Best of luck out there today,


XLK – SPDR Technology — We bought back Tech after a healthy 2-day pullback on 1/7/10.

UUP – PowerShares US Dollar Index Fund — We bought the USD Fund on 1/4/10 as an explicit way to represent our Q1 2010 Macro Theme that we have labeled Buck Breakout (we were bearish on the USD in ’09).

CYB - WisdomTree Dreyfus Chinese Yuan — The Yuan is a managed floating currency that trades inside a 0.5% band around the official PBOC mark versus a FX basket. Not quite pegged, not truly floating; the speculative interest in the Yuan/USD forward market has increased dramatically in recent years. We trade the ETN CYB to take exposure to this managed currency in a managed economy hoping to manage our risk as the stimulus led recovery in China dominates global trade.

TIP - iShares TIPS — The iShares etf, TIP, which is 90% invested in the inflation protected sector of the US Treasury Market currently offers a compelling yield. We believe that future inflation expectations are mispriced and that TIPS are a efficient way to own yield on an inflation protected basis.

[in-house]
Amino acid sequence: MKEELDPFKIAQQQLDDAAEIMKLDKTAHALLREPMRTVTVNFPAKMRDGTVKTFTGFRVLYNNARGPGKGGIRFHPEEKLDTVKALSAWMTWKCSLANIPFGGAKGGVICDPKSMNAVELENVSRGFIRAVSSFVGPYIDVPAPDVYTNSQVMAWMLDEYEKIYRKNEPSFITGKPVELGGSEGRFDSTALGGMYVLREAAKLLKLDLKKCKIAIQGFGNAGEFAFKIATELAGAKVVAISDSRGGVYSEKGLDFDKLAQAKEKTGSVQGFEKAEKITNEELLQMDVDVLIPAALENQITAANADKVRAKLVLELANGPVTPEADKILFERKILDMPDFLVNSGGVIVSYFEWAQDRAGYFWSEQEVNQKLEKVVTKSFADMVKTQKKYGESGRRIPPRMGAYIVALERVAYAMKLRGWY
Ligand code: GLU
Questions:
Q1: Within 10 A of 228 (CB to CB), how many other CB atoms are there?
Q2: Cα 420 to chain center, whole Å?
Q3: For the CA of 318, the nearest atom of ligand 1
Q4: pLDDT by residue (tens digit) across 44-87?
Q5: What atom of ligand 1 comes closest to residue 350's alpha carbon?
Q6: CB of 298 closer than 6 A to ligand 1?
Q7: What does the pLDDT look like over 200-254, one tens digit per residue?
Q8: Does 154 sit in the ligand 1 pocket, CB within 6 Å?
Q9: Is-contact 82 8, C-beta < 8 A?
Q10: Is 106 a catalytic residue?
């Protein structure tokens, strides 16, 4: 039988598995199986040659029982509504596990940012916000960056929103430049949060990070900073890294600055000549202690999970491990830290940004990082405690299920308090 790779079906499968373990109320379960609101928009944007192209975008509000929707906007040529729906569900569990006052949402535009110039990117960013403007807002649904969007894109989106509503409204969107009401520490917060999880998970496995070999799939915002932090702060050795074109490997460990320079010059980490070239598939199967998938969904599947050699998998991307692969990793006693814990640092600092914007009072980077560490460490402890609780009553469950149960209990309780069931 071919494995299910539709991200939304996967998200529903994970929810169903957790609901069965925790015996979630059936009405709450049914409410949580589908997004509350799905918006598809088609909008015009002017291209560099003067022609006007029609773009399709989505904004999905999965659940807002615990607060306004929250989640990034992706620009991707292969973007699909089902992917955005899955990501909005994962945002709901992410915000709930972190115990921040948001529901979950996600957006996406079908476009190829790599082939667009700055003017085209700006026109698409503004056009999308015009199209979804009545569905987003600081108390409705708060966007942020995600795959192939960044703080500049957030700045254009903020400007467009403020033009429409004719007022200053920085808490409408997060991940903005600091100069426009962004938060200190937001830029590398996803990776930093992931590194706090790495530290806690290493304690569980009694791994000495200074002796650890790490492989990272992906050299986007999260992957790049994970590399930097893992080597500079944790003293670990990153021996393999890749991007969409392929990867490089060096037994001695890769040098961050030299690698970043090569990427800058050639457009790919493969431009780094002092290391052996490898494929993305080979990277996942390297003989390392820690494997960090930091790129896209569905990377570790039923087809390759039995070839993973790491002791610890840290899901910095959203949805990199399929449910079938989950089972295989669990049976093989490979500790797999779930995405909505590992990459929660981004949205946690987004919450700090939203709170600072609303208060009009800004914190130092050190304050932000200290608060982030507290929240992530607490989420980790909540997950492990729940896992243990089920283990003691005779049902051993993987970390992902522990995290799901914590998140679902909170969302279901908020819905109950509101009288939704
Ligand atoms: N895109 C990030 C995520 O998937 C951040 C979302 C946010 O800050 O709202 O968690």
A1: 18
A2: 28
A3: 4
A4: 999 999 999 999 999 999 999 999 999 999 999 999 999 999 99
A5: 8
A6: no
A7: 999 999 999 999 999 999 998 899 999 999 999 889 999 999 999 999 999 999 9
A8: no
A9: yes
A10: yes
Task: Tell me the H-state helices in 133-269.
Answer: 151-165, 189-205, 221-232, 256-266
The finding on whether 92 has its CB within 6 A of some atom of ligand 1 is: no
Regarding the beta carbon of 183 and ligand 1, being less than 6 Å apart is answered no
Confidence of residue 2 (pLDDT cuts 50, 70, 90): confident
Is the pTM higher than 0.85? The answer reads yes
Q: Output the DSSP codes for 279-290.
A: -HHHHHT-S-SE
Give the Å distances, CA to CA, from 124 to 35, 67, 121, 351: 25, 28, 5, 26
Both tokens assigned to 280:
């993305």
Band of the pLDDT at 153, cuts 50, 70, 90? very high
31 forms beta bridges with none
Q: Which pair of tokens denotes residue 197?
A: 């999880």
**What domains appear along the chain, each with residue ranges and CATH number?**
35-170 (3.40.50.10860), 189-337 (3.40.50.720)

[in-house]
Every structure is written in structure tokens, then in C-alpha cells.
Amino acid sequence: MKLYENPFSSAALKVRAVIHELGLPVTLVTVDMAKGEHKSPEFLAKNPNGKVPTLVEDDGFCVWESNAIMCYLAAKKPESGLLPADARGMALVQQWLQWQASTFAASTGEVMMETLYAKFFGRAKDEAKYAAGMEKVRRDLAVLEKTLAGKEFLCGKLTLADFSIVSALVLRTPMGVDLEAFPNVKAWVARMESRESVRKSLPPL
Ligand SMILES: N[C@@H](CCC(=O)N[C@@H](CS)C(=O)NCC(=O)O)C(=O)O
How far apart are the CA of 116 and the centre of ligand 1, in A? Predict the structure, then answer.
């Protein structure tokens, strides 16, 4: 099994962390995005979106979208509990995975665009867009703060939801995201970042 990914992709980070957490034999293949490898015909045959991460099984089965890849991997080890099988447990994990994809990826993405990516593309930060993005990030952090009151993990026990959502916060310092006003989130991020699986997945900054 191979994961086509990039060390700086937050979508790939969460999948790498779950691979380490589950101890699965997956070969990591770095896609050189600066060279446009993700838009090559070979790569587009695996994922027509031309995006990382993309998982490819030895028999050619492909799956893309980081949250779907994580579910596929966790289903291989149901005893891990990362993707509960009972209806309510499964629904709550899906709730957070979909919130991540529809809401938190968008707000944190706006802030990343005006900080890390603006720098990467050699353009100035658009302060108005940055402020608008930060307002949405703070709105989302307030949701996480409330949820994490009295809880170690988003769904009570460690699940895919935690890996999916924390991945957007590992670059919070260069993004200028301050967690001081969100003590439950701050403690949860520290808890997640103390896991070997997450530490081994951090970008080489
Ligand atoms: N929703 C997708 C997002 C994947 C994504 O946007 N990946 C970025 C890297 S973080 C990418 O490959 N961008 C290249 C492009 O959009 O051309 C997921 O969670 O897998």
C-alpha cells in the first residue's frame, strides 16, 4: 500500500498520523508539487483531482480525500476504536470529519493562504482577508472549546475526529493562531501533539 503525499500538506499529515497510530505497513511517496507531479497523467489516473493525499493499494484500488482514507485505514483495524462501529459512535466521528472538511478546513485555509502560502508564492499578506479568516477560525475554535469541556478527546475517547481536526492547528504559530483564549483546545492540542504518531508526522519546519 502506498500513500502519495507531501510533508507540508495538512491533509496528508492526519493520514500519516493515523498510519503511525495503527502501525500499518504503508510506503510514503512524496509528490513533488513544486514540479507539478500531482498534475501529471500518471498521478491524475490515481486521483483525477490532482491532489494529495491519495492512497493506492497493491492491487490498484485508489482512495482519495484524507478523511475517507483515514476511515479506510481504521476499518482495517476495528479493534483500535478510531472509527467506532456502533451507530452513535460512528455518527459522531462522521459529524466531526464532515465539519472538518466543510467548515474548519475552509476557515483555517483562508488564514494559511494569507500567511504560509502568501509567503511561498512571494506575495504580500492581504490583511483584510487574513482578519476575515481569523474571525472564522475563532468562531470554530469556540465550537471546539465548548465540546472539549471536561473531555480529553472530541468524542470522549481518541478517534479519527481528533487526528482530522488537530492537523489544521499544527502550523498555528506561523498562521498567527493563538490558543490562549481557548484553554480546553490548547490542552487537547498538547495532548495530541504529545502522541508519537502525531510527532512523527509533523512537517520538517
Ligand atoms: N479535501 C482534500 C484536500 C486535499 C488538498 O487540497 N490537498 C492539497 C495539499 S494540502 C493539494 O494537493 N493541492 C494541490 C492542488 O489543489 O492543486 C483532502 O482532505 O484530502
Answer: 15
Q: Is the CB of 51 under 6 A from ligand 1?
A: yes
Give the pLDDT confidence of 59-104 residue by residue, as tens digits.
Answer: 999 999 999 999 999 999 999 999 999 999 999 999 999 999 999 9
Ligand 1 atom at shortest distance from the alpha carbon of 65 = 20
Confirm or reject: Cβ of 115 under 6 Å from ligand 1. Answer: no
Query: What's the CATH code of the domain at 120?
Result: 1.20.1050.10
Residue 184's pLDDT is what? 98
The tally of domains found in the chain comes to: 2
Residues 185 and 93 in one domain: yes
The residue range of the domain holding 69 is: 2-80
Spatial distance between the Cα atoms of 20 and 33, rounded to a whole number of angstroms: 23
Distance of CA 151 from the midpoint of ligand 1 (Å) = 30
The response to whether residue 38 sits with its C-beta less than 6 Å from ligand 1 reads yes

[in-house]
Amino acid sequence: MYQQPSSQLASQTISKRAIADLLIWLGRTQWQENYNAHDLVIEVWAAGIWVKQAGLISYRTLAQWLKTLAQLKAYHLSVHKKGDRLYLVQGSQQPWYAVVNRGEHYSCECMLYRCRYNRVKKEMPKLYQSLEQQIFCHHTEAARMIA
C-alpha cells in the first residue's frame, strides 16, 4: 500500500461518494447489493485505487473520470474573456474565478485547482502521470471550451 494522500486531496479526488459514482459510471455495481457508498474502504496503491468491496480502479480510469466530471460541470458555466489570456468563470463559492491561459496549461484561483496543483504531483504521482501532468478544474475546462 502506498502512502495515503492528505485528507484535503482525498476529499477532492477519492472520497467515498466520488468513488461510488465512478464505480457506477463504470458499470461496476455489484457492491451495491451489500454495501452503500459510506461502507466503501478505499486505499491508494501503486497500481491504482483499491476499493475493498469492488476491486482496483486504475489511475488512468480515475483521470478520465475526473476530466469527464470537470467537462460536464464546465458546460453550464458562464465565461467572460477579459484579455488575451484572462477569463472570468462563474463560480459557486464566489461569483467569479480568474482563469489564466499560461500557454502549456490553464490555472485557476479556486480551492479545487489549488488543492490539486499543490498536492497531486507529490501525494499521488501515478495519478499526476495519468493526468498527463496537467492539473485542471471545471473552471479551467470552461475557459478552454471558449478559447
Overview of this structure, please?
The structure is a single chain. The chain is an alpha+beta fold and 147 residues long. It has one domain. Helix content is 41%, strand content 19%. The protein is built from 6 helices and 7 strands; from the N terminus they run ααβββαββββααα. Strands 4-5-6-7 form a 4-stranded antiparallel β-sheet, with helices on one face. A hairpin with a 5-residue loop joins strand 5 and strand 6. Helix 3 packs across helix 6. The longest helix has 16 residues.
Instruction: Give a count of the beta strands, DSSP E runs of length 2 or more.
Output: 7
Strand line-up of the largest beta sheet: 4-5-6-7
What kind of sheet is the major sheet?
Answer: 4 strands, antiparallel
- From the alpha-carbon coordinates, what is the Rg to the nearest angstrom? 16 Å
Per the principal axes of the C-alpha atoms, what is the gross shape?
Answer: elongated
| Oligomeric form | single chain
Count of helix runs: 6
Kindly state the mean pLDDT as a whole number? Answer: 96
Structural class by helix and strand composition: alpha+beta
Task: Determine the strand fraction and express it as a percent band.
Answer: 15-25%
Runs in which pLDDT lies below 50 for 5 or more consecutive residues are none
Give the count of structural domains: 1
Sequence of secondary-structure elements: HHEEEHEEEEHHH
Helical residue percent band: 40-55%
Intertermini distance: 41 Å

EWU – iShares United KingdomThe TREND of higher y/y inflation and stagnant growth = stagflation. For a country with the UK's balance sheet and leadership problems, that’s not good.


SPY – SPDR S&P 500We re-shorted the SP500 at an attractive re-entry point on 2/16/10. We are bearish on US Equities for the immediate term from this price. Shorting green.

XLE – SPDR EnergyWe remain bearish on Oil for the intermediate term TREND and bullish on the US Dollar on the same duration. Everything has a time and a price.


GLD – SPDR Gold We re-shorted Gold on this dead cat bounce on 2/11/10. We remain bullish on a Buck Breakout and bearish on Gold for Q1 of 2010, as a result.


RSX – Market Vectors RussiaWe shorted Russia on 2/9/10 and maintain our intermediate term TREND bearish view on the price of oil.

XLP – SPDR Consumer StaplesThe Consumer Staples sector finally broke both our TRADE and TREND lines on 2/8/10. Given how many investors own these stocks because it was a "way to play the weak US Dollar" last year, we have ourselves another way to profit from a Buck Breakout with this short position.

EWJ – iShares JapanWe re-shorted Japan on 2/2/10 after the Nikkei’s up move of +1.6%. Japan's sovereign debt problems make Greece's look benign.

IEF – iShares 7-10 Year TreasuryOne of our Macro Themes for Q1 of 2010 is "Rate Run-up". Our bearish view on US Treasuries is implied.